Setup your own private Ethereum Private Network (Part 1)

This tutorial series will help you to quickly to spin up a private ethereum blockchain. We will be setup our private ethereum network on Google cloud. You can use use do it with any cloud provider like aws or azure. At the end of this series you will be able to setup your own private ethereum network and can access it using metamask.

This series is divided into 3parts:

  1. create genesis file.
  2. setup ethereum nodes in GCP
  3. connecting the node to metamask

Genesis file

A genesis block is the first block of a blockchain. Modern versions of Bitcoin assign it block number 0, though older versions gave it number 1. The genesis block is almost always hardcoded into the software. It is a special case in that it does not reference a previous block, and for Bitcoin and almost all of its derivatives, it produces an unspendable subsidy.

Genesis files are the starting point of launching a private/custom chain and are used to define and configure a the new blockchain. The genesis file defines parameters of your private chain. If you wanted to change the block time, gas limit, or other variables- this is the place to do it and hence start working on a ‘custom’ Ethereum blockchain.

To run a private network you need to provide geth with some basic information required to create the initial block.

{
"config": {
"chainId": 0,
"homesteadBlock": 0,
"eip155Block": 0,
"eip158Block": 0
},
"alloc" : {},
"coinbase" : "0x0000000000000000000000000000000000000000",
"difficulty" : "0x20000",
"extraData" : "",
"gasLimit" : "0x2fefd8",
"nonce" : "0x0000000000000042",
"mixhash" : "0x0000000000000000000000000000000000000000000000000000000000000000",
"parentHash" : "0x0000000000000000000000000000000000000000000000000000000000000000",
"timestamp" : "0x00"
}

Explanation of genesis file

mixhash

A 256-bit hash which proves, combined with the nonce, that a sufficient amount of computation has been carried out on this block: the Proof-of-Work (PoF).

The combination of nonce and mixhash must satisfy a mathematical condition. It allows to verify that the Block has really been cryptographically mined, thus, from this aspect, is valid.

nonce

The nonce is the cryptographically secure mining proof-of-work that proves beyond reasonable doubt that a particular amount of computation has been expended in the determination of this token value.

The final nonce value is the result of the the mining process iteration, in which the algorithm was able to discover a nonce value that satisfies the Mining Target. The Mining Target is a cryptographically described condition that strongly depends on the applied . Just by using the nonce Proof-of-Work, the validity of a Block can verified very quickly.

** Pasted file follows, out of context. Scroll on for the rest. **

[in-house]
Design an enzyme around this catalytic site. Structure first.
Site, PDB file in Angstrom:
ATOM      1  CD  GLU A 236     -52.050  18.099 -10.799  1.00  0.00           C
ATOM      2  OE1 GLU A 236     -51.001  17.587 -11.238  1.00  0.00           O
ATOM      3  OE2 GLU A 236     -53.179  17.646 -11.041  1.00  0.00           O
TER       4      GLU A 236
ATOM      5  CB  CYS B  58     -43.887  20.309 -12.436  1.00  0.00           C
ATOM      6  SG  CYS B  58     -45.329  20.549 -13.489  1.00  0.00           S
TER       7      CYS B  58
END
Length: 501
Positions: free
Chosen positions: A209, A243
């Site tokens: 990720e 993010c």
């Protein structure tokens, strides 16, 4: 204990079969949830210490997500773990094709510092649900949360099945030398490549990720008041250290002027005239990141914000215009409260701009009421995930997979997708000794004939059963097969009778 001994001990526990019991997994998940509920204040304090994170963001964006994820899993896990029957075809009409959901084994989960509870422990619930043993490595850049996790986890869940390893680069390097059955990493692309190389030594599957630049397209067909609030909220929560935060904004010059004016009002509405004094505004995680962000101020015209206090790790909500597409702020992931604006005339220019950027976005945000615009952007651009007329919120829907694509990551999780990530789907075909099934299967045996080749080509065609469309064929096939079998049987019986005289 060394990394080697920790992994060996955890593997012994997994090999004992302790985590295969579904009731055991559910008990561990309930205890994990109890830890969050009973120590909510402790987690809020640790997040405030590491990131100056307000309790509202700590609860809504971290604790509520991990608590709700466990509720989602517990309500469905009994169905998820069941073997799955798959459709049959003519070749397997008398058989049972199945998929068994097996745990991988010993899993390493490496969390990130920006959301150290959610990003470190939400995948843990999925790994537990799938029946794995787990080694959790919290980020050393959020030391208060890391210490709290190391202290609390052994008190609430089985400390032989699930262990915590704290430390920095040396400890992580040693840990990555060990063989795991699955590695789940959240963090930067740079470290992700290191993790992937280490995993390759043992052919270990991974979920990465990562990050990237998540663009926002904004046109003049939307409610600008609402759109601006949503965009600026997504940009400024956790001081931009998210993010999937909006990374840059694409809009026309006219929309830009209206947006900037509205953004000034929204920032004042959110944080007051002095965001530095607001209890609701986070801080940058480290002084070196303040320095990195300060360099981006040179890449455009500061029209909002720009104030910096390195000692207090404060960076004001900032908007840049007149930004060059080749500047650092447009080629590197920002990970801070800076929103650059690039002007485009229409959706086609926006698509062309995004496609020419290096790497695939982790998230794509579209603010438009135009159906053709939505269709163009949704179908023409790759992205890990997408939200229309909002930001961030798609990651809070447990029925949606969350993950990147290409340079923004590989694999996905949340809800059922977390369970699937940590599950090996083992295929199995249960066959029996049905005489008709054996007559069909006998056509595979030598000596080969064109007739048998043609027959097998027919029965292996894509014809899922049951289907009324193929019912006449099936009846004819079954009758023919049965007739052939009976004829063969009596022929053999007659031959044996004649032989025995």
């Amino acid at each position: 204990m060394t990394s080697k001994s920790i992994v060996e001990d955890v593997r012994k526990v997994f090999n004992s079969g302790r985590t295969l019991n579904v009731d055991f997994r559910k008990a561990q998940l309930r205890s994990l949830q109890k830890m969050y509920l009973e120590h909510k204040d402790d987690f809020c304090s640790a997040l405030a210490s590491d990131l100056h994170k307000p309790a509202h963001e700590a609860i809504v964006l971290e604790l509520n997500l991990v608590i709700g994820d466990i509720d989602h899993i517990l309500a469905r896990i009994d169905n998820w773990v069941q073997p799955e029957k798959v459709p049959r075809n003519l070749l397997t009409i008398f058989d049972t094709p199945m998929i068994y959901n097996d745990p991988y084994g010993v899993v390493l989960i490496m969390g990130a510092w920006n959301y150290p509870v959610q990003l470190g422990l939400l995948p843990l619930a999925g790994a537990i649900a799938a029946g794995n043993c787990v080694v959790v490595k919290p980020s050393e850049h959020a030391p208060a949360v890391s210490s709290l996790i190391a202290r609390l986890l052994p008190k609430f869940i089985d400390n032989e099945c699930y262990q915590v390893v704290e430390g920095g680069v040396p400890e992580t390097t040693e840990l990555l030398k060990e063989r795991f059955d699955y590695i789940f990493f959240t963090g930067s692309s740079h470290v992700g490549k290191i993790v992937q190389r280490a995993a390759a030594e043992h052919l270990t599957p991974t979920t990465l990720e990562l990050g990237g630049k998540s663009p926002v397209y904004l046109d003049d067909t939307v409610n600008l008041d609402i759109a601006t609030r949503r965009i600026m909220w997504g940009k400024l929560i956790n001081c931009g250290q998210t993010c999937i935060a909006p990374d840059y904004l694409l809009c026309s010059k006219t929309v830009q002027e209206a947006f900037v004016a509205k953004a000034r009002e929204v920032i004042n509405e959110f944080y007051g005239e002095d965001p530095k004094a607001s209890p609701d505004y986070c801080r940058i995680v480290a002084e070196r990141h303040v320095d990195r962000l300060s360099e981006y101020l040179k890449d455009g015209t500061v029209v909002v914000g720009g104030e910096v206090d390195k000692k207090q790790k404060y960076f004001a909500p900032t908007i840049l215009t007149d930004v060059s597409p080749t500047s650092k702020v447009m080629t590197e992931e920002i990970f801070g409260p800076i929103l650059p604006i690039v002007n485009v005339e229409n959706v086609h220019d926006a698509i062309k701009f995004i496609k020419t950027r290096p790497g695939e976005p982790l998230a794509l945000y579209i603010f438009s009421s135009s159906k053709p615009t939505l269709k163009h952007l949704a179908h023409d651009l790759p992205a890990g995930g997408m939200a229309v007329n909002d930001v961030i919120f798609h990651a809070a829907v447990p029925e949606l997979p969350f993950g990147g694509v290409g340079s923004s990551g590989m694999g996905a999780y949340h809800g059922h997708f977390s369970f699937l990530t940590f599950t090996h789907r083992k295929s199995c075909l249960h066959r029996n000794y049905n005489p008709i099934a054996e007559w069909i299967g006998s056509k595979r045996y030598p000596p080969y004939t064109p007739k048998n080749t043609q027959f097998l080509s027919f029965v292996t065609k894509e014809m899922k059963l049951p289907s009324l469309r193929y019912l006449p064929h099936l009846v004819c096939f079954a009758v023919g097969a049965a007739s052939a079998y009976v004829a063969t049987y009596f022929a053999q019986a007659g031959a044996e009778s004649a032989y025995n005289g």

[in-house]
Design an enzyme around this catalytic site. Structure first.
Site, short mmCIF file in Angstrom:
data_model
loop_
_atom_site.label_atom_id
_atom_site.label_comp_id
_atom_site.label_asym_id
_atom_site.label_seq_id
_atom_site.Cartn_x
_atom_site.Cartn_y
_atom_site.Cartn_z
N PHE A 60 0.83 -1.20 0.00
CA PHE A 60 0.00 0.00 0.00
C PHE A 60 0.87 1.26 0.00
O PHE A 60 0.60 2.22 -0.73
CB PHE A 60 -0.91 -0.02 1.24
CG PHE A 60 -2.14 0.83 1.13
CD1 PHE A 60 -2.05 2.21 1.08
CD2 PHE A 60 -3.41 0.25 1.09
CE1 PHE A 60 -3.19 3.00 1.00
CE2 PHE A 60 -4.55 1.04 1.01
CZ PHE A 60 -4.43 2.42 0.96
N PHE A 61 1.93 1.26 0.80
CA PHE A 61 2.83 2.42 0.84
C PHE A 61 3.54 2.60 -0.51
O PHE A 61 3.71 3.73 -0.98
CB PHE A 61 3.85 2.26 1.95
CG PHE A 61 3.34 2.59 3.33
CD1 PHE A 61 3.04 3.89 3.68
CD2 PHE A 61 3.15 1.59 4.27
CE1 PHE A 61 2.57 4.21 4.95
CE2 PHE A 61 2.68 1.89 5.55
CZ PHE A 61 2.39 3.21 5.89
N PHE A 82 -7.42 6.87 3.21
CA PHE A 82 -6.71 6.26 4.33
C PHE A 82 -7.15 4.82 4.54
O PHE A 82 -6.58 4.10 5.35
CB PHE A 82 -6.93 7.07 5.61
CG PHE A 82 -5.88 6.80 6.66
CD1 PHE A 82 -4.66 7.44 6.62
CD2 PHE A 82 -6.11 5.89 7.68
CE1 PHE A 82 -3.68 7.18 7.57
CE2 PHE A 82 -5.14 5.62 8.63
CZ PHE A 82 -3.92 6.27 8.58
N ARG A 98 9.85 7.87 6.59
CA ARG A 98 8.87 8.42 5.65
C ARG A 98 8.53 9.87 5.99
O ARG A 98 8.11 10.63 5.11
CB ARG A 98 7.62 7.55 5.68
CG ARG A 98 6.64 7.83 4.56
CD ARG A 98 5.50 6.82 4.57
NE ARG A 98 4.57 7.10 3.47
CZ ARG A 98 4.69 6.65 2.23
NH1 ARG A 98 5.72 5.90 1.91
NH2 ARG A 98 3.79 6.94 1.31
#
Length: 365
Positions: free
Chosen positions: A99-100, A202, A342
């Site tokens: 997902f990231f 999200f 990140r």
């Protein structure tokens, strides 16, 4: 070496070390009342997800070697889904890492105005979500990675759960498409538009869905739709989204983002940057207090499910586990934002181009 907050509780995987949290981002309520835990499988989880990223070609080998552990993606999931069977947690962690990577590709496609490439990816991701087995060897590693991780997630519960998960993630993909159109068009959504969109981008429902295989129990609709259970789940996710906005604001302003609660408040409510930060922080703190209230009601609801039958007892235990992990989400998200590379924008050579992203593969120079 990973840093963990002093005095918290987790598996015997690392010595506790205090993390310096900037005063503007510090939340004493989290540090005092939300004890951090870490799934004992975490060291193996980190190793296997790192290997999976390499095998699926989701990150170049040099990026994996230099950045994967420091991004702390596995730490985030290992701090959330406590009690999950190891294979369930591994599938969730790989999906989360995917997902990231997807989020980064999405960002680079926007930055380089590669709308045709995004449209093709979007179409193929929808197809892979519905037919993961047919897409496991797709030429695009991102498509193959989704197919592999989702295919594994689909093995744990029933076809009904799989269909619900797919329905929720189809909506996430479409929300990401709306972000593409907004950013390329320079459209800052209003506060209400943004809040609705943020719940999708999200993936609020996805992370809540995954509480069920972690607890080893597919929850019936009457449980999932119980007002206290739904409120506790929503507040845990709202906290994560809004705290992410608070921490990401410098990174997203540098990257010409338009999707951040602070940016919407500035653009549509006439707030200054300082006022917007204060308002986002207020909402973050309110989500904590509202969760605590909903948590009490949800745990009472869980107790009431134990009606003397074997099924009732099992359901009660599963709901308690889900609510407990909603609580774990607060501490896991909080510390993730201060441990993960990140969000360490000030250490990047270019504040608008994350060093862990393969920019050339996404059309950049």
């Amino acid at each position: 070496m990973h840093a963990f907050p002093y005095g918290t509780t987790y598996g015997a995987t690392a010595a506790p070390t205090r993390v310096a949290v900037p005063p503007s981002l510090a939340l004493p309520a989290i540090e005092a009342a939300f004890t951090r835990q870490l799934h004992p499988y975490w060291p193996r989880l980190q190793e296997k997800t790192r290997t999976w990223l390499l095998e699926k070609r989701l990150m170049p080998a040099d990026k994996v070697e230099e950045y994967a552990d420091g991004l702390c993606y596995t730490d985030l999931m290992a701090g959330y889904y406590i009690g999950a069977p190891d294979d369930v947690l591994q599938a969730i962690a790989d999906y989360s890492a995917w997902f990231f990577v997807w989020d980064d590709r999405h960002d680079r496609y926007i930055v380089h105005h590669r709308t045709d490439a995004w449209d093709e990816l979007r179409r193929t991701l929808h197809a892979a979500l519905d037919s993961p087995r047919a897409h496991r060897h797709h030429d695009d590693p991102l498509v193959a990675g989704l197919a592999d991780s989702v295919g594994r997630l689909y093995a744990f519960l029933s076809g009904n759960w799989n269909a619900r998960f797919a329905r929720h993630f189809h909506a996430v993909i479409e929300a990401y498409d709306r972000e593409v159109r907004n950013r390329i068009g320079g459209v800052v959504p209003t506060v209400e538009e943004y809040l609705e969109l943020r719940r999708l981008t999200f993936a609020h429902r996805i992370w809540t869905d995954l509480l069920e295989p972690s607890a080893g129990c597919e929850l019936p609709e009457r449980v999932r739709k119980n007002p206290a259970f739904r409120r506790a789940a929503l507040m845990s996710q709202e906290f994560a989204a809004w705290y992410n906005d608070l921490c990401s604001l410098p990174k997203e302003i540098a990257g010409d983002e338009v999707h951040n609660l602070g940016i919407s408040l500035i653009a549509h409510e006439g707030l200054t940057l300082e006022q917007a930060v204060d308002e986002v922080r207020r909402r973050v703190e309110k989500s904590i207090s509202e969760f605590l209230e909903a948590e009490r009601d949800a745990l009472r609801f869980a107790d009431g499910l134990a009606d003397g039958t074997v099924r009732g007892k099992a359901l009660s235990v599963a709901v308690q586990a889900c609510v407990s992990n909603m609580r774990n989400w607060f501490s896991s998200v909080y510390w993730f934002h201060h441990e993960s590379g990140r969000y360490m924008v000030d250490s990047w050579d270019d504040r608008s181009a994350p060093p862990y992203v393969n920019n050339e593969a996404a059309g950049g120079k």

difficulty

It defines the Mining Target, which can be calculated from the previous block’s difficulty level and the timestamp. The higher the difficulty, the statistically more calculations a Miner must perform to discover a valid block. This value is used to control the Block generation time of a Blockchain, keeping the Block generation frequency within a target range. On the test network, we keep this value low to avoid waiting during tests since the discovery of a valid Block is required to execute a transaction on the Blockchain.

alloc

Allows to define a list of pre-filled wallets. That’s a Ethereum specific functionality to handle the “Ether pre-sale” period. Since we can mine local Ether quickly, we don’t use this option.

timestamp

According to the Ethereum paper, the timestamp is a scalar value equal to the reasonable output of Unix’s time() at this block’s inception. It’s used for the mechanism that enforces homeostasis in terms of time between blocks. If the time difference between two blocks is small, the difficulty level increases.. If that happens, additional computation will be required to find the next valid block. Otherwise, the difficulty will decrease if the time difference between two blocks is too big. Timestamp param is used to modify difficulty if needed.

gaslimit

Gas limit refers to the maximum amount of gas you’re willing to spend on a particular transaction. A higher gas limits mean that more computational work must be done to execute the smart contract. A standard ETH transfer requires a gas limit of 21,000 units of gas.

chainid

It’s not a required param and we can remove it from genesis.json, but we added it in this example to let you know that it exists. If you are creating your private blockchain, you don’t need the last three params so just set them to 0. The first param chainId is a unique identificator of the chain so you can set it to any number, or just leave it as 0.

parenthash

The Keccak 256-bit hash of the parent block’s header. That is kinda a pointer to the parent block needed to form a real chain of blocks. For those familiar with programming, it’s similar to the linked list mechanism. A genesis block has no parent block so the result will, only in this case, be equal to 0.

extraData

An arbitrary byte array containing data relevant to this block. Also, it’s an optional param which can’t be bigger than 32 bytes.

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Hello World, I am Aditya. A creative developer and a logical designer. You can find me on Linkedin or stalk me on GitHub ? If that’s too social for you, just drop a mail to adityaprakashjoshi1@gmail.com if you wish to talk tech with me.

Have a nice day!

I am a Blockchain Engineer, having a good experience in nodejs, Android, and latest technologies. I am Certified Hyperledger Fabric Administrator (CHFA)